The Gregory Allicar Museum of Art (GAMA), located at Colorado State University in Fort Collins, held their first Slow Art Day this year, which was hosted by GAMA Administrative Staff Members Madeleine Boyson, Theresa McLaren, and Lynn Boland. They chose seven works by five artists exemplifying a range of styles and media.
Museum staff approached visitors with a short handout (see below) detailing instructions on how to find the works, prompts for slow looking, and an invitation to discuss amongst themselves, with a staff member, or in larger, more “formal” discussions at 11:30am & 3pm.
Note: Educators or curators might want to copy this simple flyer for their own slow looking events.
After participants finished their slow looking sessions, the museum provided bottled water and light refreshments in the lobby (nice touch!).
We look forward to seeing what they come up with for next year.
For their 5th Slow Art Day, the Georgia Museum of Art in Athens, Georgia, combined two meditative art techniques by artist Anna Bogatin Ott: Slow Looking and Slow Drawing.
For the slow looking activity, participants were invited to look closely at the painting Aurora by Anna Bogatin Ott, and were guided by prompts via a PDF file, such as:
“How do the repetitive marks guide your gaze around the painting?”
“Imagine the painting so far away it becomes a speck, then zoom in so close that it’s touching your nose.”
Since Ott’s art is inspired by nature, participants were also encouraged to reflect on similarities between the colors of the painting and nature.
“I engage all my senses, dissolve into surrounding sounds, become immersed in the nature’s logic of being, and then, from memory, I recreate my experiences in drawings and paintings.”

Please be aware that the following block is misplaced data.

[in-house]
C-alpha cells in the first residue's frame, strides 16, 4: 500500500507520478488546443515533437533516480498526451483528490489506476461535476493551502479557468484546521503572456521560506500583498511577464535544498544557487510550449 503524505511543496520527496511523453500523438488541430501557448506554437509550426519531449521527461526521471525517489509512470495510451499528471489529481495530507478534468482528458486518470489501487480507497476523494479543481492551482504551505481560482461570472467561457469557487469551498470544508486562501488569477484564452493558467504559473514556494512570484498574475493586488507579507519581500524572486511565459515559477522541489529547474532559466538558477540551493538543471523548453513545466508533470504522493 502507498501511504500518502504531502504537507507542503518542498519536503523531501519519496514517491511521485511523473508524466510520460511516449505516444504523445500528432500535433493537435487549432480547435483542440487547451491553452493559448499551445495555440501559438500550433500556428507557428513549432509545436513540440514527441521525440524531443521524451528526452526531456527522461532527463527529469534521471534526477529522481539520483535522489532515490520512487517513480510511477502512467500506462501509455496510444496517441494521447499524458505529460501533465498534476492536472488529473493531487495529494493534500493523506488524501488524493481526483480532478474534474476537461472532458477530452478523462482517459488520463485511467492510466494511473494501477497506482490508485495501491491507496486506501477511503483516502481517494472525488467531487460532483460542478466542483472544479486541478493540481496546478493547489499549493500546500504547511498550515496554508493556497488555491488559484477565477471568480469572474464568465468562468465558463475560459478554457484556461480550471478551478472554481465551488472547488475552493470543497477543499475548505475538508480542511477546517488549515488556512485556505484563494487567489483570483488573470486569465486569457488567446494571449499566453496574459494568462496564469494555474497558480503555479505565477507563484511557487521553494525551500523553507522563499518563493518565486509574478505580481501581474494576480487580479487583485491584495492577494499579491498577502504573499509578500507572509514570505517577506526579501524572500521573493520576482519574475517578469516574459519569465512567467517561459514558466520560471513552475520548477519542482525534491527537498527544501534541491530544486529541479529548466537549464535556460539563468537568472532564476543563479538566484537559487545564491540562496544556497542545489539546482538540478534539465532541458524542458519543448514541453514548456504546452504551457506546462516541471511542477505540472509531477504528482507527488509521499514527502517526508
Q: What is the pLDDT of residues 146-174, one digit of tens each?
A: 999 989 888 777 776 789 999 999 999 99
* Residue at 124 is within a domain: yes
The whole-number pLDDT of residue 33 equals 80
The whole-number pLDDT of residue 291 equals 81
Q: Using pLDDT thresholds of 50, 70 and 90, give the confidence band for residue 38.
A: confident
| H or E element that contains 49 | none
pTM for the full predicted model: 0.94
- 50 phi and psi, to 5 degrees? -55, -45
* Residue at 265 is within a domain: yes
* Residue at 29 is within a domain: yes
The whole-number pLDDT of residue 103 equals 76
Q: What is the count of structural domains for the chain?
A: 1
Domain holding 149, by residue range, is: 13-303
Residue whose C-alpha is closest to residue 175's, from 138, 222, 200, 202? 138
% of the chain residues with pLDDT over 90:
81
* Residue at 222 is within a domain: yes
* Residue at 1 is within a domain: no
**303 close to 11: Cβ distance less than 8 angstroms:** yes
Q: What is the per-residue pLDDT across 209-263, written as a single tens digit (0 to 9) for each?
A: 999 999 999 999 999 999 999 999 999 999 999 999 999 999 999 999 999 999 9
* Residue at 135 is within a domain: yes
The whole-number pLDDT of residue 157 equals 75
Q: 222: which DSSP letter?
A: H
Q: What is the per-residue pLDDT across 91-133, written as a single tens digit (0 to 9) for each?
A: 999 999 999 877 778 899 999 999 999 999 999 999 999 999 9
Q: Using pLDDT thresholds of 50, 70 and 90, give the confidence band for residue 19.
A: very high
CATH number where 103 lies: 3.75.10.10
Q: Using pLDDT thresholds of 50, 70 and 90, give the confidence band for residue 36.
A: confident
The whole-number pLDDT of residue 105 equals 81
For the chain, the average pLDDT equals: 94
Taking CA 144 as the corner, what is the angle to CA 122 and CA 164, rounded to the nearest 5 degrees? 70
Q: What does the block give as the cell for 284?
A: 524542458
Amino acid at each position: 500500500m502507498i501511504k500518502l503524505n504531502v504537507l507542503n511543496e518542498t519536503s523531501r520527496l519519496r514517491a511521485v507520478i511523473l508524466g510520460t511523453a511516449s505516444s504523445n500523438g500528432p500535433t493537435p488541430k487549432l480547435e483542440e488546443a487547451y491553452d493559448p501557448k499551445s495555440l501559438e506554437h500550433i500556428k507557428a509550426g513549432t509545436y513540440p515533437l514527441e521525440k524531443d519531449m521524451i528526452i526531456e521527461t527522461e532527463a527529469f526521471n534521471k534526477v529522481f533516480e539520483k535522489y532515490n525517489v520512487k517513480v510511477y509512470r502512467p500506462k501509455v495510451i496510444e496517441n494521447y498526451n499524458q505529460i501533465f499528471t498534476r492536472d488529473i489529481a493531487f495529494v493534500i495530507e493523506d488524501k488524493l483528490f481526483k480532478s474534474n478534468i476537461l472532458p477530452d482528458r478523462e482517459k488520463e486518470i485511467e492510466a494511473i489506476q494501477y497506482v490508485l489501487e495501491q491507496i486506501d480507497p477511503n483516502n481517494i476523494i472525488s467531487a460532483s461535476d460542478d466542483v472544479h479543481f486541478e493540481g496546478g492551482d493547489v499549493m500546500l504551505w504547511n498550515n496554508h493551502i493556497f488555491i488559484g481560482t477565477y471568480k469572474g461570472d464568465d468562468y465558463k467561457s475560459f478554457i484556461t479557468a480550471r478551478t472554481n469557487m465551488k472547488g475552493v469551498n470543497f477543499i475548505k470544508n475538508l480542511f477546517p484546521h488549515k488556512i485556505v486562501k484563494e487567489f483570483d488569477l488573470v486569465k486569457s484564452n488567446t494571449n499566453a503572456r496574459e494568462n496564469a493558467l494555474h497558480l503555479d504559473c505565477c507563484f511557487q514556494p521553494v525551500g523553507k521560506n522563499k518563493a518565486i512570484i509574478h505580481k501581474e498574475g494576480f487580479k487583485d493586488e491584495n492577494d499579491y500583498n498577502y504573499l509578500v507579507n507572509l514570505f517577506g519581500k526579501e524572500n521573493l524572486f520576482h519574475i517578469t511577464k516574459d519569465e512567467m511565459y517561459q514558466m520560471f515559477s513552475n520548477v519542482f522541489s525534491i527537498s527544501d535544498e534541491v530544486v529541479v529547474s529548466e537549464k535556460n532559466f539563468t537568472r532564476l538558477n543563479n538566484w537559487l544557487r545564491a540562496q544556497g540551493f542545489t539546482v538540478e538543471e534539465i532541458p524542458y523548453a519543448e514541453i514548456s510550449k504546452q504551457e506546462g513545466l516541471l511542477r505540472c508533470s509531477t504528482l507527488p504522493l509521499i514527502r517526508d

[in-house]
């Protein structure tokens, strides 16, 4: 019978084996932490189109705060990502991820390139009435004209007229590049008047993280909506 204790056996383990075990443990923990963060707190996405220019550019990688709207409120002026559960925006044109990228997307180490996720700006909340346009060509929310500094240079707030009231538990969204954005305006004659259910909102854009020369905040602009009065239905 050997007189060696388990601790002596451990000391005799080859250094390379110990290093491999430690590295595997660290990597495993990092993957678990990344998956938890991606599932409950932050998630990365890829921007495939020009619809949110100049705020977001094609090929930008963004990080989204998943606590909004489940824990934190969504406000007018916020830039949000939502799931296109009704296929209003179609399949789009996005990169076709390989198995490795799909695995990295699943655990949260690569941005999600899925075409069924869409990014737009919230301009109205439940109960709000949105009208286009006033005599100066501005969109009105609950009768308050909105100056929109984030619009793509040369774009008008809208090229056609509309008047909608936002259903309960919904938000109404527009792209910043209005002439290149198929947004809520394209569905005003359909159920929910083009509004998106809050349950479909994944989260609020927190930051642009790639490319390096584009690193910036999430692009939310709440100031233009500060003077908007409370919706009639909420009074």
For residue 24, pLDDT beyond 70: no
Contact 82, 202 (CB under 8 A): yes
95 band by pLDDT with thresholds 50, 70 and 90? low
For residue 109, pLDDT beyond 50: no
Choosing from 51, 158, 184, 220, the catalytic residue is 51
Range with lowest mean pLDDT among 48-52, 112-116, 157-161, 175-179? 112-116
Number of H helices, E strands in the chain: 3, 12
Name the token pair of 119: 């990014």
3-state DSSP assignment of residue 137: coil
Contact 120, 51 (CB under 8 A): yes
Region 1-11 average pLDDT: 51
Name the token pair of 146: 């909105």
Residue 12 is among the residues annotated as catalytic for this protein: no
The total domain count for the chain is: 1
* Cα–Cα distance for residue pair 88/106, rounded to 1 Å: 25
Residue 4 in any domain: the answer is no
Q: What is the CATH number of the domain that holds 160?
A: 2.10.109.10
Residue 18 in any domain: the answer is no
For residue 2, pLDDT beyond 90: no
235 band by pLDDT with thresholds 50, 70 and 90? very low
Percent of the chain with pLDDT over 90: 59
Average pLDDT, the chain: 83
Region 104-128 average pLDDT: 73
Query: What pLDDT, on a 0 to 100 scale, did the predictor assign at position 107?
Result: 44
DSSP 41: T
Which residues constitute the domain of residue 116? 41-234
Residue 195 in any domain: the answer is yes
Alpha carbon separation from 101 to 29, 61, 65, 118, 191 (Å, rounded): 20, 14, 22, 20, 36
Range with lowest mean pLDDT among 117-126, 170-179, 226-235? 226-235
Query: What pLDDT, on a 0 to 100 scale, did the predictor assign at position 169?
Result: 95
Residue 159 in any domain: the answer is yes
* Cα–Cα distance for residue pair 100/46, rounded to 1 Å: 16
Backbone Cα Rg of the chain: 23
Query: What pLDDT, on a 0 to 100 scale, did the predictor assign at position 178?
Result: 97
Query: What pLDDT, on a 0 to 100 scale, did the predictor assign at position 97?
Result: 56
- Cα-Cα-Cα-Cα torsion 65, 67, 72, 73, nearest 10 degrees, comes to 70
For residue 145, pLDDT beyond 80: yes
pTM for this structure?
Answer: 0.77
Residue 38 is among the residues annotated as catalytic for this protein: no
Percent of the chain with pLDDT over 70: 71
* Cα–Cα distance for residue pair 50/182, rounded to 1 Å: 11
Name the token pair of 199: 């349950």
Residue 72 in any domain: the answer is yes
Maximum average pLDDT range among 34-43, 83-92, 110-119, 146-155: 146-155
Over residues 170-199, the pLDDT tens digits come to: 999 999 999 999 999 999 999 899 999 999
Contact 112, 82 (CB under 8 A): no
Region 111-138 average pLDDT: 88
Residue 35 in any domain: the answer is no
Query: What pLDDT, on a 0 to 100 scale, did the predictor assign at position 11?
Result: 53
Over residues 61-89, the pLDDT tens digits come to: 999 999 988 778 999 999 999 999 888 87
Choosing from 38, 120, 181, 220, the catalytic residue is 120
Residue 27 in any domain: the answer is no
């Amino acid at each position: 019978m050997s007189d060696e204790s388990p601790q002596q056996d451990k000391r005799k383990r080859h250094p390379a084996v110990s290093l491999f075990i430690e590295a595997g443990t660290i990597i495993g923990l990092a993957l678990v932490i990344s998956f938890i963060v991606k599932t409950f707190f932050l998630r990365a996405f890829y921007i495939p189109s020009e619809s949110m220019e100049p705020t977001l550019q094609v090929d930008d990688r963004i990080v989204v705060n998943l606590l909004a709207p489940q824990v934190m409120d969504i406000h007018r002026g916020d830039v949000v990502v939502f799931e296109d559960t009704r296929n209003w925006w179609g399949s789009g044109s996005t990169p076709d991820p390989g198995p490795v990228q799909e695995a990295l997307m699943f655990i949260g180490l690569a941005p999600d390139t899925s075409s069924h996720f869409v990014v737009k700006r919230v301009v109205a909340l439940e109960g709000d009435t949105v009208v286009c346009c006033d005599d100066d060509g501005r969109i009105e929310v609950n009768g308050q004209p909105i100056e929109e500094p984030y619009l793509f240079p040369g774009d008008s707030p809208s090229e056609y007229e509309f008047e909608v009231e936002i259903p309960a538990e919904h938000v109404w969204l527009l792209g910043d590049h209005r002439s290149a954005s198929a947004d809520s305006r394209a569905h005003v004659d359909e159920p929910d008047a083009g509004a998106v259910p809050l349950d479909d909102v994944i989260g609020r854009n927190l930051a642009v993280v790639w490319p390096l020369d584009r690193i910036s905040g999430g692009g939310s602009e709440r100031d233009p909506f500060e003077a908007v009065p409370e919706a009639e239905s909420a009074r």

Anna Bogatin Ott
For the slow drawing part of the event, participants were encouraged to draw horizontal lines while trying to stay in touch with their physical sensations — focusing attention on the sound of their breath, the feel of the texture of the paper, and the visual effect of negative and positive space between the lines. The activity became a mindful way of remaining present through a multi-sensory art experience.
Pre-event Virtual Jigsaw Puzzle
Leading up to the main event, the museum shared a virtual interactive jigsaw puzzle of their featured painting to their Facebook page. Several participants completed the jigsaw, and the post reached 647 readers.
Without being formally promoted, their event was a social media success with over 2000 Instagram impressions and 185 Facebook interactions.
The Slow Art Day HQ team has loved participating in these mindful activities. They made us feel centered and at peace, which is a big part of what Slow Art Day is all about.
We look forward to seeing more of The Georgia Museum of Art’s immersive events – hopefully for Slow Art Day 2021.